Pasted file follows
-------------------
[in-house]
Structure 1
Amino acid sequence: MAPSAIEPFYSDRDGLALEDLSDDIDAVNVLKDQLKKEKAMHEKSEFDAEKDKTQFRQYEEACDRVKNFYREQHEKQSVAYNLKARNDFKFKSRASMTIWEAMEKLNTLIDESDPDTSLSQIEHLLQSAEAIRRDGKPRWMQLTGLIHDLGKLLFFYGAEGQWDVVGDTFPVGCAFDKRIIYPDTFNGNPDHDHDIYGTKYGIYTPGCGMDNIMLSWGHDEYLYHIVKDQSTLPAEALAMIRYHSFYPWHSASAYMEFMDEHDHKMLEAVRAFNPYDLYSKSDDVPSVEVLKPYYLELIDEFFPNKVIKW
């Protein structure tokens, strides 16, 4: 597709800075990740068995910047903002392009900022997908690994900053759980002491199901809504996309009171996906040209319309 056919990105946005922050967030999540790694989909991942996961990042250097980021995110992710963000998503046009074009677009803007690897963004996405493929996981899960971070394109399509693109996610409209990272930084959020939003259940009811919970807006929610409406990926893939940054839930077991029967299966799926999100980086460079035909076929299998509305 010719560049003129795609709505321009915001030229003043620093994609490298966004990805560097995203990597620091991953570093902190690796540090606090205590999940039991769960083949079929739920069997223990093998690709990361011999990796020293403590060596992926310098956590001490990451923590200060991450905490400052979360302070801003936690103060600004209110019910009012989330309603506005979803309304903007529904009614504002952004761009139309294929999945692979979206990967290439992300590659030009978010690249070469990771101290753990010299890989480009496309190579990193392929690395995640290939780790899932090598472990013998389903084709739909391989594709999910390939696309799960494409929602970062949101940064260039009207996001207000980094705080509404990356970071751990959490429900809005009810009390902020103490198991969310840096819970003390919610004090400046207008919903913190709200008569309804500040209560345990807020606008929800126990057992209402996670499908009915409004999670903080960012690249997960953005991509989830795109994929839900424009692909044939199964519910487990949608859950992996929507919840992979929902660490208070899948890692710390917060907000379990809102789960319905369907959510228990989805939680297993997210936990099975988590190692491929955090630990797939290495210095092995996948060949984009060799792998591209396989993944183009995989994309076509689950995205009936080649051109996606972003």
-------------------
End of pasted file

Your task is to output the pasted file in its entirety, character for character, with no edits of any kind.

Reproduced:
[in-house]
Structure 1
Amino acid sequence: MAPSAIEPFYSDRDGLALEDLSDDIDAVNVLKDQLKKEKAMHEKSEFDAEKDKTQFRQYEEACDRVKNFYREQHEKQSVAYNLKARNDFKFKSRASMTIWEAMEKLNTLIDESDPDTSLSQIEHLLQSAEAIRRDGKPRWMQLTGLIHDLGKLLFFYGAEGQWDVVGDTFPVGCAFDKRIIYPDTFNGNPDHDHDIYGTKYGIYTPGCGMDNIMLSWGHDEYLYHIVKDQSTLPAEALAMIRYHSFYPWHSASAYMEFMDEHDHKMLEAVRAFNPYDLYSKSDDVPSVEVLKPYYLELIDEFFPNKVIKW
């Protein structure tokens, strides 16, 4: 597709800075990740068995910047903002392009900022997908690994900053759980002491199901809504996309009171996906040209319309 056919990105946005922050967030999540790694989909991942996961990042250097980021995110992710963000998503046009074009677009803007690897963004996405493929996981899960971070394109399509693109996610409209990272930084959020939003259940009811919970807006929610409406990926893939940054839930077991029967299966799926999100980086460079035909076929299998509305 010719560049003129795609709505321009915001030229003043620093994609490298966004990805560097995203990597620091991953570093902190690796540090606090205590999940039991769960083949079929739920069997223990093998690709990361011999990796020293403590060596992926310098956590001490990451923590200060991450905490400052979360302070801003936690103060600004209110019910009012989330309603506005979803309304903007529904009614504002952004761009139309294929999945692979979206990967290439992300590659030009978010690249070469990771101290753990010299890989480009496309190579990193392929690395995640290939780790899932090598472990013998389903084709739909391989594709999910390939696309799960494409929602970062949101940064260039009207996001207000980094705080509404990356970071751990959490429900809005009810009390902020103490198991969310840096819970003390919610004090400046207008919903913190709200008569309804500040209560345990807020606008929800126990057992209402996670499908009915409004999670903080960012690249997960953005991509989830795109994929839900424009692909044939199964519910487990949608859950992996929507919840992979929902660490208070899948890692710390917060907000379990809102789960319905369907959510228990989805939680297993997210936990099975988590190692491929955090630990797939290495210095092995996948060949984009060799792998591209396989993944183009995989994309076509689950995205009936080649051109996606972003």